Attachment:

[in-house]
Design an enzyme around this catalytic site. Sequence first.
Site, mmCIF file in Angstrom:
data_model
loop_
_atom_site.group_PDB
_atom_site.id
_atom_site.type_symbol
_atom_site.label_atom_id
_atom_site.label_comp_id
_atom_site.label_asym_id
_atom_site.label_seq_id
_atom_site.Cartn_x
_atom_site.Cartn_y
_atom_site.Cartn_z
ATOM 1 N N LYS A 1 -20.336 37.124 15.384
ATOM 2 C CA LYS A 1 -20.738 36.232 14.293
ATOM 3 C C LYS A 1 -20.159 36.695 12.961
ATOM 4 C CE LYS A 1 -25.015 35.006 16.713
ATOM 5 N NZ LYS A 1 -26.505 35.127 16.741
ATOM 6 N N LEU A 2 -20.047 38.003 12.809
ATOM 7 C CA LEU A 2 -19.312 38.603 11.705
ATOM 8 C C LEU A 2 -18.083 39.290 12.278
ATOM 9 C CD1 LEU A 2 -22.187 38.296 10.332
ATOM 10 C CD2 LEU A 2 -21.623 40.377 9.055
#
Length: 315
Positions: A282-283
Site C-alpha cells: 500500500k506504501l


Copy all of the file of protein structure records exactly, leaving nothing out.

[in-house]
Design an enzyme around this catalytic site. Sequence first.
Site, mmCIF file in Angstrom:
data_model
loop_
_atom_site.group_PDB
_atom_site.id
_atom_site.type_symbol
_atom_site.label_atom_id
_atom_site.label_comp_id
_atom_site.label_asym_id
_atom_site.label_seq_id
_atom_site.Cartn_x
_atom_site.Cartn_y
_atom_site.Cartn_z
ATOM 1 N N LYS A 1 -20.336 37.124 15.384
ATOM 2 C CA LYS A 1 -20.738 36.232 14.293
ATOM 3 C C LYS A 1 -20.159 36.695 12.961
ATOM 4 C CE LYS A 1 -25.015 35.006 16.713
ATOM 5 N NZ LYS A 1 -26.505 35.127 16.741
ATOM 6 N N LEU A 2 -20.047 38.003 12.809
ATOM 7 C CA LEU A 2 -19.312 38.603 11.705
ATOM 8 C C LEU A 2 -18.083 39.290 12.278
ATOM 9 C CD1 LEU A 2 -22.187 38.296 10.332
ATOM 10 C CD2 LEU A 2 -21.623 40.377 9.055
#
Length: 315
Positions: A282-283
Site C-alpha cells: 500500500k506504501l